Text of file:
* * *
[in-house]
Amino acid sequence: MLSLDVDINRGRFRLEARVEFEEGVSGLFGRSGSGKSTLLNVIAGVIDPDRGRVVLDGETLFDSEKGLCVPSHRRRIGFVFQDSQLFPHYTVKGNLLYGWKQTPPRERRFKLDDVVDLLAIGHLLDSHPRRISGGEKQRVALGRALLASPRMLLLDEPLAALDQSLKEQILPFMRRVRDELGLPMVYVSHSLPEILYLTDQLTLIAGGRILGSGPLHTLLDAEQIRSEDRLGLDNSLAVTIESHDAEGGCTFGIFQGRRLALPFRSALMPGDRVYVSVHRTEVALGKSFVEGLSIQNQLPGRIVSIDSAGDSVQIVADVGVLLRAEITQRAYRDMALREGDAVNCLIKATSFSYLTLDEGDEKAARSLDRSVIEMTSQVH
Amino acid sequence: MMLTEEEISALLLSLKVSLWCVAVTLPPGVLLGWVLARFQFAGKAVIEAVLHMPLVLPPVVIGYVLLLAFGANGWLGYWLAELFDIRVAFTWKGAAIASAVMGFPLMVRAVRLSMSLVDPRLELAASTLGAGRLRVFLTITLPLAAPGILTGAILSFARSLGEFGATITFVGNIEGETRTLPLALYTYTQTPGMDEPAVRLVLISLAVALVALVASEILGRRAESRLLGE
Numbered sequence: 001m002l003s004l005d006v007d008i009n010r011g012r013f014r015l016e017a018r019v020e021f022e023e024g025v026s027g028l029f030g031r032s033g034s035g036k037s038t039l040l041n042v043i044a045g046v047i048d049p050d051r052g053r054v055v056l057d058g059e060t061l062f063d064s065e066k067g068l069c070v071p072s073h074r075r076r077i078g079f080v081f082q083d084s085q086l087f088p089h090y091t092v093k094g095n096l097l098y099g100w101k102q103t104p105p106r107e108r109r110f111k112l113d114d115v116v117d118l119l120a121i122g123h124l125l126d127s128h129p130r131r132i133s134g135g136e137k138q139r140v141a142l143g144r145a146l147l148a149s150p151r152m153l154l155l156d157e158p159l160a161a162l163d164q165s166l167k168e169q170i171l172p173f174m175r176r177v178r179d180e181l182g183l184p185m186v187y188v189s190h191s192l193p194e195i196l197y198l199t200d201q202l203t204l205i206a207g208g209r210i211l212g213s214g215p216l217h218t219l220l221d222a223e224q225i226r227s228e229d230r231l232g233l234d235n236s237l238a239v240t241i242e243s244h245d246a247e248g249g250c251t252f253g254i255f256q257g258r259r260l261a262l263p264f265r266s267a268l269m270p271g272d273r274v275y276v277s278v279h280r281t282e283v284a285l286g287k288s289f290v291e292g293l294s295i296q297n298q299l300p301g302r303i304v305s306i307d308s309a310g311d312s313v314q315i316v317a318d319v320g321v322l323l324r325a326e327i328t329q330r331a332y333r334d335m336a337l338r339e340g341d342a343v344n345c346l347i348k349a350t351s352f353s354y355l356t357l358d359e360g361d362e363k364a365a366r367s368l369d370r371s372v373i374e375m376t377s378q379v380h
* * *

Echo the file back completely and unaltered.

[in-house]
Amino acid sequence: MLSLDVDINRGRFRLEARVEFEEGVSGLFGRSGSGKSTLLNVIAGVIDPDRGRVVLDGETLFDSEKGLCVPSHRRRIGFVFQDSQLFPHYTVKGNLLYGWKQTPPRERRFKLDDVVDLLAIGHLLDSHPRRISGGEKQRVALGRALLASPRMLLLDEPLAALDQSLKEQILPFMRRVRDELGLPMVYVSHSLPEILYLTDQLTLIAGGRILGSGPLHTLLDAEQIRSEDRLGLDNSLAVTIESHDAEGGCTFGIFQGRRLALPFRSALMPGDRVYVSVHRTEVALGKSFVEGLSIQNQLPGRIVSIDSAGDSVQIVADVGVLLRAEITQRAYRDMALREGDAVNCLIKATSFSYLTLDEGDEKAARSLDRSVIEMTSQVH
Amino acid sequence: MMLTEEEISALLLSLKVSLWCVAVTLPPGVLLGWVLARFQFAGKAVIEAVLHMPLVLPPVVIGYVLLLAFGANGWLGYWLAELFDIRVAFTWKGAAIASAVMGFPLMVRAVRLSMSLVDPRLELAASTLGAGRLRVFLTITLPLAAPGILTGAILSFARSLGEFGATITFVGNIEGETRTLPLALYTYTQTPGMDEPAVRLVLISLAVALVALVASEILGRRAESRLLGE
Numbered sequence: 001m002l003s004l005d006v007d008i009n010r011g012r013f014r015l016e017a018r019v020e021f022e023e024g025v026s027g028l029f030g031r032s033g034s035g036k037s038t039l040l041n042v043i044a045g046v047i048d049p050d051r052g053r054v055v056l057d058g059e060t061l062f063d064s065e066k067g068l069c070v071p072s073h074r075r076r077i078g079f080v081f082q083d084s085q086l087f088p089h090y091t092v093k094g095n096l097l098y099g100w101k102q103t104p105p106r107e108r109r110f111k112l113d114d115v116v117d118l119l120a121i122g123h124l125l126d127s128h129p130r131r132i133s134g135g136e137k138q139r140v141a142l143g144r145a146l147l148a149s150p151r152m153l154l155l156d157e158p159l160a161a162l163d164q165s166l167k168e169q170i171l172p173f174m175r176r177v178r179d180e181l182g183l184p185m186v187y188v189s190h191s192l193p194e195i196l197y198l199t200d201q202l203t204l205i206a207g208g209r210i211l212g213s214g215p216l217h218t219l220l221d222a223e224q225i226r227s228e229d230r231l232g233l234d235n236s237l238a239v240t241i242e243s244h245d246a247e248g249g250c251t252f253g254i255f256q257g258r259r260l261a262l263p264f265r266s267a268l269m270p271g272d273r274v275y276v277s278v279h280r281t282e283v284a285l286g287k288s289f290v291e292g293l294s295i296q297n298q299l300p301g302r303i304v305s306i307d308s309a310g311d312s313v314q315i316v317a318d319v320g321v322l323l324r325a326e327i328t329q330r331a332y333r334d335m336a337l338r339e340g341d342a343v344n345c346l347i348k349a350t351s352f353s354y355l356t357l358d359e360g361d362e363k364a365a366r367s368l369d370r371s372v373i374e375m376t377s378q379v380h